The top energy industry employment trends for 2024

February 13, 2024

GETI 2024 blog feature image

GETI 2024: What does the rise of artificial intelligence mean for the energy industry? 

The Global Energy Talent Index (GETI) report is back for 2024, mapping out the tectonic shifts taking place across the energy industry. 

This year’s report explores how the rise of artificial intelligence (AI) is reshaping job roles, skills in demand, workplace policies and training initiatives, and more. In the report, we track the extent of AI adoption across the energy industry, as well as its popularity in each sector, and discuss the opportunities and risks it presents.
The report reveals that more than 90% of energy workers expect to see a demand for new skills as a result of AI, and the majority expect it to boost both productivity and job satisfaction. More than half of those surveyed also believe that AI will lead to an increase in salaries. 

Read on to find out more about employment trends across each energy sector. 

Get more insight into employment trends within the energy industry by downloading the full report.

Download the GETI report 2024

Renewables is embracing AI more than any other sector

AI has the potential to be a real game-changer for renewable energy production and processes, so it is unsurprising to find that the sector is the biggest adopter of AI across the energy industry. According to the GETI survey, almost a third (32%) of respondents are leveraging AI in their roles.

Although there's a roughly equal match between companies implementing AI strategies and individuals applying it, a notable 28% admit to having not read their organisation’s policies governing AI use. Additionally, 15% of participants are unsure if their employer has an AI policy at all, highlighting a potential gap in awareness about company documentation.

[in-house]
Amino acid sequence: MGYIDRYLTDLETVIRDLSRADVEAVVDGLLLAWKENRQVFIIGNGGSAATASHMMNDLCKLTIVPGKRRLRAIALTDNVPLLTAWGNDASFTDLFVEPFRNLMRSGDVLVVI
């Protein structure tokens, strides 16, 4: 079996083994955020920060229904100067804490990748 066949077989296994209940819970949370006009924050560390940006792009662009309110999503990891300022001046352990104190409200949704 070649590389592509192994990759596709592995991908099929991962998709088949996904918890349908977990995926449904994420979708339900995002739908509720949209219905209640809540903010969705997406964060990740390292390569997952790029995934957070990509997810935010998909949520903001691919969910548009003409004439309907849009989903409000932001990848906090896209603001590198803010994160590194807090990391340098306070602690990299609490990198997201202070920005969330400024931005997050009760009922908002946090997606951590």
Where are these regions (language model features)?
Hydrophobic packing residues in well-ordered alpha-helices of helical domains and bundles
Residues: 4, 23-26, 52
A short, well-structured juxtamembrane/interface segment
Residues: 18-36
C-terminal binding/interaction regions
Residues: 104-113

These findings suggest a pressing need to educate employees about the AI guidelines and strategies their companies have developed.

The most used AI applications within the renewables sector are generative models such as ChatGPT, Bard AI and Claude, followed by machine learning. Companies in the sector also use Artificial General Intelligence, and some firms have used technologies like Unmanned Autonomous Vehicles for remote inspection purposes. 

28 of those in the sector who use AI said they use it for optimising energy production, and 22% stated that they mainly use it to improve products and services. 

Despite the keen uptake of AI among renewables companies, professionals are aware of its challenges. The GETI report found that some employees are concerned about insufficient investment in AI applications and employee support. One way for firms to overcome these worries is to introduce more comprehensive guidance and policies; respondents cited a lack of clarity over which tools are the best fit for the company as one of the biggest challenges with AI adoption. 

Regardless of potential challenges, 87% of renewables workers are optimistic about the future impact of AI. 78% feel that it will lead to a rise in productivity over the next two years, and 62% said they believe it will lead to career progression opportunities and increased job satisfaction.

Other important statistics from the renewables sector